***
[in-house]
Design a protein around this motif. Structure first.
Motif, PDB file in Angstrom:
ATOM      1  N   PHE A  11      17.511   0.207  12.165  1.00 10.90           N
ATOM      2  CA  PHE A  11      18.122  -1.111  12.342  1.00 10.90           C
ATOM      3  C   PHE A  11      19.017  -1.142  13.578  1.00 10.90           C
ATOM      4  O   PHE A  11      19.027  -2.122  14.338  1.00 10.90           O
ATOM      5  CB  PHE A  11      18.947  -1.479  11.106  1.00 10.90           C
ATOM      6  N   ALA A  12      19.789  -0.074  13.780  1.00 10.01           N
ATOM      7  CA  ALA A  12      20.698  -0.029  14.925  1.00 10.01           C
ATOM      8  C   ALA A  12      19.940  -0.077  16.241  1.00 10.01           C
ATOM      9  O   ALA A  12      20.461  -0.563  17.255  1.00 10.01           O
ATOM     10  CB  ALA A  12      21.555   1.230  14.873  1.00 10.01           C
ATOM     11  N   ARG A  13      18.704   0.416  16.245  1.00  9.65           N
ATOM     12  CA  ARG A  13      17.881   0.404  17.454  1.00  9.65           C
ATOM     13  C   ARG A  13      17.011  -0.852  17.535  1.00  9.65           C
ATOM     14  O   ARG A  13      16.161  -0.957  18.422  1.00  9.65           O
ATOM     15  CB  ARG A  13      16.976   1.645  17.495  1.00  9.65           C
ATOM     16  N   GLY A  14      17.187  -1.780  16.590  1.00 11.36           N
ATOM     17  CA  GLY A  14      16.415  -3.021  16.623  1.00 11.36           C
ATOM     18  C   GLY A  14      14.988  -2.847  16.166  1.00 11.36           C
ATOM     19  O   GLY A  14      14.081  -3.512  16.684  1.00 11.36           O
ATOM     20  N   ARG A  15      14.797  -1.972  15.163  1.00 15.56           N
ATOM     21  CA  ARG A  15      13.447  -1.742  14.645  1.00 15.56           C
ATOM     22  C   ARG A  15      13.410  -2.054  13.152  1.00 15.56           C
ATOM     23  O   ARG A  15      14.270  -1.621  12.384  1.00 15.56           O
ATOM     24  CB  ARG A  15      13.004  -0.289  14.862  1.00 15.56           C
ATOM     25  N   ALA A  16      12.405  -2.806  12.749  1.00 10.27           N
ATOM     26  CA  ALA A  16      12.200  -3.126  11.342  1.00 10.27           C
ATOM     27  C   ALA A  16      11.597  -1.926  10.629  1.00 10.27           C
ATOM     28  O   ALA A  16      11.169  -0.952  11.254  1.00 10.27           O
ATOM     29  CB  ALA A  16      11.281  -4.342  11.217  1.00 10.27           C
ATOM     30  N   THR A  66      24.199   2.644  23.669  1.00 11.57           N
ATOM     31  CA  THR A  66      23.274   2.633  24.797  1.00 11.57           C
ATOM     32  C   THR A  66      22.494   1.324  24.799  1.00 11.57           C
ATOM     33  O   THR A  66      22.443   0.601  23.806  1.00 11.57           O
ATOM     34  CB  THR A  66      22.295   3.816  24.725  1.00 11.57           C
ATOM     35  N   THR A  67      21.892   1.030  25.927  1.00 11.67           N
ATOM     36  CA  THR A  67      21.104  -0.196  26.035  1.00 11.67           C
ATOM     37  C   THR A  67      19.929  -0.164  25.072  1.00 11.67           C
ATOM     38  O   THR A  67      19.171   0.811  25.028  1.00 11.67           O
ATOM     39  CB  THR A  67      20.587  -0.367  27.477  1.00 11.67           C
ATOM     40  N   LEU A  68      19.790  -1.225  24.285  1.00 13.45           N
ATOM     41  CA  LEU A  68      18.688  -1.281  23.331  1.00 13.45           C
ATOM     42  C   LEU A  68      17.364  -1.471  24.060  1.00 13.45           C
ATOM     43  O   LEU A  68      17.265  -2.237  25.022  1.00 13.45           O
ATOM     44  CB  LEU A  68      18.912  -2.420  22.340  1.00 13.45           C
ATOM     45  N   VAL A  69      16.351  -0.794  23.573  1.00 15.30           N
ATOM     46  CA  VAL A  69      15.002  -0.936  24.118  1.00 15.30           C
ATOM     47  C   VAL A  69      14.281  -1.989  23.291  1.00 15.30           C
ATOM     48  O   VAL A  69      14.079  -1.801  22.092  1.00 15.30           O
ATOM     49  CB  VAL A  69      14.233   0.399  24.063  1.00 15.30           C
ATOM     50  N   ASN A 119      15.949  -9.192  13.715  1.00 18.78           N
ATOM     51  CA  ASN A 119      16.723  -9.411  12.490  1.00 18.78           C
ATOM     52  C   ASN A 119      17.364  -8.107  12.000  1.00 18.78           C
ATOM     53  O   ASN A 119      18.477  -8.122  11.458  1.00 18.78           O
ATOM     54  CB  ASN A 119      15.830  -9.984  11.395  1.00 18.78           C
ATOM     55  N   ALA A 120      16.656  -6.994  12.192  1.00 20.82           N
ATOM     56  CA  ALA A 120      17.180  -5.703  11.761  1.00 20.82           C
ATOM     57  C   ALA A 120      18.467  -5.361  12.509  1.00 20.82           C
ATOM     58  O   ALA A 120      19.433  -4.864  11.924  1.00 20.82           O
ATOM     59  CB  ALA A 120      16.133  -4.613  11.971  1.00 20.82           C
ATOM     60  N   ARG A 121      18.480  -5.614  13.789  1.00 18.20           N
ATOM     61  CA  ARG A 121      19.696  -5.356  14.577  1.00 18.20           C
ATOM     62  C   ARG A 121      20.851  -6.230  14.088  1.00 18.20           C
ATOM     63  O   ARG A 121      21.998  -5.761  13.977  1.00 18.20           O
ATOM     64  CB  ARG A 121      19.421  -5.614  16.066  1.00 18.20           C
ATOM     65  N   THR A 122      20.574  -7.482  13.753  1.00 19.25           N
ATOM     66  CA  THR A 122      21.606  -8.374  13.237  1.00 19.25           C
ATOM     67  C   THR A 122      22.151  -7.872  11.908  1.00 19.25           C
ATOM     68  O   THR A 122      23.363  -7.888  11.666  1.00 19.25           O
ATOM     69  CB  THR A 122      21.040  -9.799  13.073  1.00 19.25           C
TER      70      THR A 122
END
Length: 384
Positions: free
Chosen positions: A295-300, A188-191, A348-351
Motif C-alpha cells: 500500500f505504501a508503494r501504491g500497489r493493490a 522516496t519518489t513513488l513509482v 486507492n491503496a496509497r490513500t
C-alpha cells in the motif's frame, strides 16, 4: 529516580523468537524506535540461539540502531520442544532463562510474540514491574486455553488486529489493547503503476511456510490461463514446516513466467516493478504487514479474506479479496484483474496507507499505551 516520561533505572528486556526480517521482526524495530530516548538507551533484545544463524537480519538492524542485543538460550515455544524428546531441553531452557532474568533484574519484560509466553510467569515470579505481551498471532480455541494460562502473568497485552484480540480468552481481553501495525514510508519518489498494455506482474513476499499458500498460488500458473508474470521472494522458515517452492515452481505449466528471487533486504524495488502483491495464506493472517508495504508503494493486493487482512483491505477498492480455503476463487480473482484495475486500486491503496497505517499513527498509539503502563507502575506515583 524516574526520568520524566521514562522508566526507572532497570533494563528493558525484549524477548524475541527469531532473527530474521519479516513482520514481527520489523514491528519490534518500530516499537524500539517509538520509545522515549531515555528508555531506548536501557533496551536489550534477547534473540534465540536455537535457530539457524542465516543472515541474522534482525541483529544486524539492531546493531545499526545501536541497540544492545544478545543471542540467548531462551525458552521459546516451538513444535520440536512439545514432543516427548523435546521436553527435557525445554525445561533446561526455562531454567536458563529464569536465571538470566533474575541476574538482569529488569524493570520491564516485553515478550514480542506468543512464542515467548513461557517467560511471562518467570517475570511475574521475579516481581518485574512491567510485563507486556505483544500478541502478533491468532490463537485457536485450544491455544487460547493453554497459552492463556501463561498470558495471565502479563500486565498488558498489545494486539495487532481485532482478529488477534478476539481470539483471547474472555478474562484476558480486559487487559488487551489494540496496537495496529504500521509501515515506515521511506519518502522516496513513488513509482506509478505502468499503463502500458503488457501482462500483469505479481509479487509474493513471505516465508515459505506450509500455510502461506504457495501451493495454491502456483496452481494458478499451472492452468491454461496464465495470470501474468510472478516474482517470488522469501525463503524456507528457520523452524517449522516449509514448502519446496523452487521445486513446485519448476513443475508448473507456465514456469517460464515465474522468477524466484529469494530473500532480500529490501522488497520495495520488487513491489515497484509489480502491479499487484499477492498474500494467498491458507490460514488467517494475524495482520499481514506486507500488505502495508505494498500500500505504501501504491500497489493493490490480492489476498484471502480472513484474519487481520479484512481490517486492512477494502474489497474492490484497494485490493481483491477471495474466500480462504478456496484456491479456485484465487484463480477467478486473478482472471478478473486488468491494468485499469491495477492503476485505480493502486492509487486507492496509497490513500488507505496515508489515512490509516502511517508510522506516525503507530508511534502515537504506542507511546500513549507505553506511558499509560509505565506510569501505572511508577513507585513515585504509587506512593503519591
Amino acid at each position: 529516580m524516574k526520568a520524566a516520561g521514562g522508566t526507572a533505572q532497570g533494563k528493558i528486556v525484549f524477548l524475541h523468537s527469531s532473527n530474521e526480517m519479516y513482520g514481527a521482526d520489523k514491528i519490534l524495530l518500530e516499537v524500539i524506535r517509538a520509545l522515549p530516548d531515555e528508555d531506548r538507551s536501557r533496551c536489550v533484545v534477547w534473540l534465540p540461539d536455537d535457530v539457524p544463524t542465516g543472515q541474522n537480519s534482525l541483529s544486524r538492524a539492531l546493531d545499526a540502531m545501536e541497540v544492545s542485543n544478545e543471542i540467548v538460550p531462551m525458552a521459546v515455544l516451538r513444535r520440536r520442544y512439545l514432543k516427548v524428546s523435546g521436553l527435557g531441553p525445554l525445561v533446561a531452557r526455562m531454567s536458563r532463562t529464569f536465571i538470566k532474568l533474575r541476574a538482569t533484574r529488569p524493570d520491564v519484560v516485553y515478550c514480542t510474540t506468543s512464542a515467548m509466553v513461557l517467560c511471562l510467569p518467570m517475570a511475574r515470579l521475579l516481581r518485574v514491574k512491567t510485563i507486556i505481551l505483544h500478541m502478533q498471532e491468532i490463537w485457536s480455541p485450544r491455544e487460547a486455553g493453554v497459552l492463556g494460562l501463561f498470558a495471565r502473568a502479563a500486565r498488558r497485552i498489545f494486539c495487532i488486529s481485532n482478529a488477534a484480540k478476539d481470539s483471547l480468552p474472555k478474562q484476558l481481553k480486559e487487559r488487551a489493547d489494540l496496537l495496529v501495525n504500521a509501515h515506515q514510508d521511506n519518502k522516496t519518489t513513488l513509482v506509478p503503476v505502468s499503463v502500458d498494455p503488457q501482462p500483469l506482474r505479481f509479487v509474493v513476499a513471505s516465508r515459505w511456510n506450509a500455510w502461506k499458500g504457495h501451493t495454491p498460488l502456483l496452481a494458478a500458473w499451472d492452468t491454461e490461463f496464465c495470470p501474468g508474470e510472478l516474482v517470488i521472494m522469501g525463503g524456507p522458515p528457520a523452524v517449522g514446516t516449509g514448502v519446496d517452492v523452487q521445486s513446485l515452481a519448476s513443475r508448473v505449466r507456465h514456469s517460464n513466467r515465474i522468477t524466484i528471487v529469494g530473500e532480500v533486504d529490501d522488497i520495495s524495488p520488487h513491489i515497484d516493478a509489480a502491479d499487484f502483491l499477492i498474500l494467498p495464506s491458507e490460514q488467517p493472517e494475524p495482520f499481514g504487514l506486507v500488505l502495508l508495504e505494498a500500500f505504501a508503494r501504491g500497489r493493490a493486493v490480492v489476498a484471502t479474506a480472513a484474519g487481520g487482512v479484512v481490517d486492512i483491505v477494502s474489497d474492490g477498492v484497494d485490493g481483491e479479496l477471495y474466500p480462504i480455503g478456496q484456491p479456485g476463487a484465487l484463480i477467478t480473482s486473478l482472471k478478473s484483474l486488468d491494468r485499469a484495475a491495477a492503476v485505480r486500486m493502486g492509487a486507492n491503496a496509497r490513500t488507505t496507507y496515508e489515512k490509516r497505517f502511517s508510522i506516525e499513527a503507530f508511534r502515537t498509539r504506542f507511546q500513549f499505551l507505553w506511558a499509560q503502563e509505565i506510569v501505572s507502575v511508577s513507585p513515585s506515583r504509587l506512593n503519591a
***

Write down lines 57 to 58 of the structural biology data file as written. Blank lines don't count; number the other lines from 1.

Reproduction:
ATOM     54  CB  ASN A 119      15.830  -9.984  11.395  1.00 18.78           C
ATOM     55  N   ALA A 120      16.656  -6.994  12.192  1.00 20.82           N